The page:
How Businesses are Paying Lip Service to the Omnichannel Experience

 In Articles

Despite a decade of conversations regarding the critical nature of omnichannel experiences and 360-degree customer profiles, there’s still a massive hurdle to get over regarding budgets, accountability, ownership and outcomes that is thwarting digital transformation and the creation of a seamless customer experience.

The dilemma can be boiled down to one question: who owns the customer experience?

Most business leaders will confidently proclaim that “everyone” owns the customer experience. The ‘everyone’ that executives are often referring to, however, is the ensemble of distinct departments that touch the customer journey. Typically, each of these departments – from sales, to service, to marketing, to product – have their own structure, KPIs and goals to convert customers and push them to the next stage of their journey.

However, approaching the customer experience in this myopic and territorial way doesn’t provide the necessary foundation to create fluid, holistic experiences. With each team striving to fulfill different metrics for success, departments end up siloed and processes and people become disjointed. Employees are only driven to pursue activities that yield bonuses within their team, and departments end-up investing in solutions and technologies that will only positively impact their own KPI’s.

Consequently, no one ends up investing, contributing or owning solutions that will improve the experience as a whole and the customer experience, and the goal for omnichannel, suffers accordingly. 

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The Aimless Sales Associate: A Symbol of Organizational Disconnect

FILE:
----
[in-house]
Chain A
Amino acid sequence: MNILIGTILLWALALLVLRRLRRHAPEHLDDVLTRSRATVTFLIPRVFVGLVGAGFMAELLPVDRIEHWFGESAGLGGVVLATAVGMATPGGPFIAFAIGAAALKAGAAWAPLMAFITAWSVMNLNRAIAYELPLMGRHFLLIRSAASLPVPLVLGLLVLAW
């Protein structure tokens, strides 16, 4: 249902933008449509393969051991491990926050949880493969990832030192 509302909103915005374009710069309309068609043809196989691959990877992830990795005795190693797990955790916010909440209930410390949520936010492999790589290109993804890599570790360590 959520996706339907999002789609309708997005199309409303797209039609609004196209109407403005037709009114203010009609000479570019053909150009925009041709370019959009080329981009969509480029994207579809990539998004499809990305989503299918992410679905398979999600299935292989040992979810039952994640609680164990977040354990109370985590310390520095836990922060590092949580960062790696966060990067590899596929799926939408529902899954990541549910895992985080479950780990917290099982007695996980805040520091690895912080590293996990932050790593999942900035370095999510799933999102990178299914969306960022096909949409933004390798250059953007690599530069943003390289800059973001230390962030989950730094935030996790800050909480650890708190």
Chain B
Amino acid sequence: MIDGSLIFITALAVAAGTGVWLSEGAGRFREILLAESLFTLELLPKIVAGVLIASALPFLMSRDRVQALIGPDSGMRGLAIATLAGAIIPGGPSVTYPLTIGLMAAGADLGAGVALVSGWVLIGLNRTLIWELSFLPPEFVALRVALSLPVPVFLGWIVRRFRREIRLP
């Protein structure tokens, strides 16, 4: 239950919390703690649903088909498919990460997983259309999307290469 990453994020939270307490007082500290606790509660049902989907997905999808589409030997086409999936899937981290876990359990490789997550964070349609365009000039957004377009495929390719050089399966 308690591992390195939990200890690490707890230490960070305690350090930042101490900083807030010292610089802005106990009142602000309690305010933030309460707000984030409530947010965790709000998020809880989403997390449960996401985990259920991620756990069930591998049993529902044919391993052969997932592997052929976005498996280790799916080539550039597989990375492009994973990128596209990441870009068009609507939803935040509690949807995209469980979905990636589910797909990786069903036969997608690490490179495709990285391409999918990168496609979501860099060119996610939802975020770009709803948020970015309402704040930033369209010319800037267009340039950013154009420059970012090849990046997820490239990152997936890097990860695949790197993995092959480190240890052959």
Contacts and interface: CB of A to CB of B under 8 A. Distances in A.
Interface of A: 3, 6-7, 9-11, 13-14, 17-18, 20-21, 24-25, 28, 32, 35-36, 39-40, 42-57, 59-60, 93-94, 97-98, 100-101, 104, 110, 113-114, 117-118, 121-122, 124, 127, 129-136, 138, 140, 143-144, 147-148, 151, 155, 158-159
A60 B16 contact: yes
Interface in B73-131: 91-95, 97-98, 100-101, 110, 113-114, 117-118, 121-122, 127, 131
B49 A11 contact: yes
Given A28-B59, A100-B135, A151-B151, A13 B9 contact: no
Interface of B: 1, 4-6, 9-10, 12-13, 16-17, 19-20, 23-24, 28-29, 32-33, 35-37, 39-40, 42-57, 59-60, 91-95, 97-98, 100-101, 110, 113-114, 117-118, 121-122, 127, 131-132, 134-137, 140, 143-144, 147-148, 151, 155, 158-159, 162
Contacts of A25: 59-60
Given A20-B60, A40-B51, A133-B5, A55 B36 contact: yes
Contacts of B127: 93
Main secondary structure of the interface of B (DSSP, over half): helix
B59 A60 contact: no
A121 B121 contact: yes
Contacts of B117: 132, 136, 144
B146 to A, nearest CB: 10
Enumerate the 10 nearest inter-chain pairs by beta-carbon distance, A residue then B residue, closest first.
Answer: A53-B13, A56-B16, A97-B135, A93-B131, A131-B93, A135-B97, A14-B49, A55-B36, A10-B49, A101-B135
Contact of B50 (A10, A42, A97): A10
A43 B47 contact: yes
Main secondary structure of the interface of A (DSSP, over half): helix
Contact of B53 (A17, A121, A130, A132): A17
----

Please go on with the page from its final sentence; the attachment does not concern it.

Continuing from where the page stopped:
Take the retail sales associate as an example of how this fragmented approach to the customer experience comes to fruition. Many organizations compensate their sales team based on the customers they convert in-store, motivating store associates to provide a top-of-the-line brick-and-mortar experience that influences customers to purchase more product at a higher price.

Yet, as we know all too well, the customer experience is rarely limited to the in-store environment. Many shoppers who come into a brick-and-mortar have already extensively researched products online.

Indicative of an omnichannel experience, this scenario beckons associates to build upon the customers previous online experiences by using their ecommerce purchase history, browsing and search behavior to provide a more tailored and productive in-store interaction.

Void of technology and critical customer information, however, sales are largely unsuccessful in their efforts to provide help or personalize the experience for today’s mobile-savvy customer – a dire circumstance which has led 83% percent of shoppers to believe that they’re more knowledgeable than retail store associates.

Additionally, many consumers (almost a third) visit the store first to see, touch and feel products before leaving and ultimately purchasing the items online. When a customer leaves the store empty-handed, sales associates should continue building on their in-store experience by collaborating with customers over the digital channels they prefer most – for example, sharing product suggestions via email or text. This approach would enable a seamless experience that drives more profitable customer relationships and sales.

Despite the enhanced experience these efforts would provide customers, we don’t receive these digital follow-ups from sales associates… which isn’t all that surprising considering that sales teams are only rewarded for the purchases they influence in-store. Rightfully so, sales associates are reluctant and disincentivized to interact digitally with customers, aware that it could motivate an online purchase which will ultimately be credited to the efforts of the ecommerce team.

The outcomes for the customer experience, the sales team efforts, and ultimately businesses bottom-line are grim. Customers are presented with disconnected interactions that only drive a single channels activity and sales have no way to fluidly build customer relationships or aid in the shopper’s experience.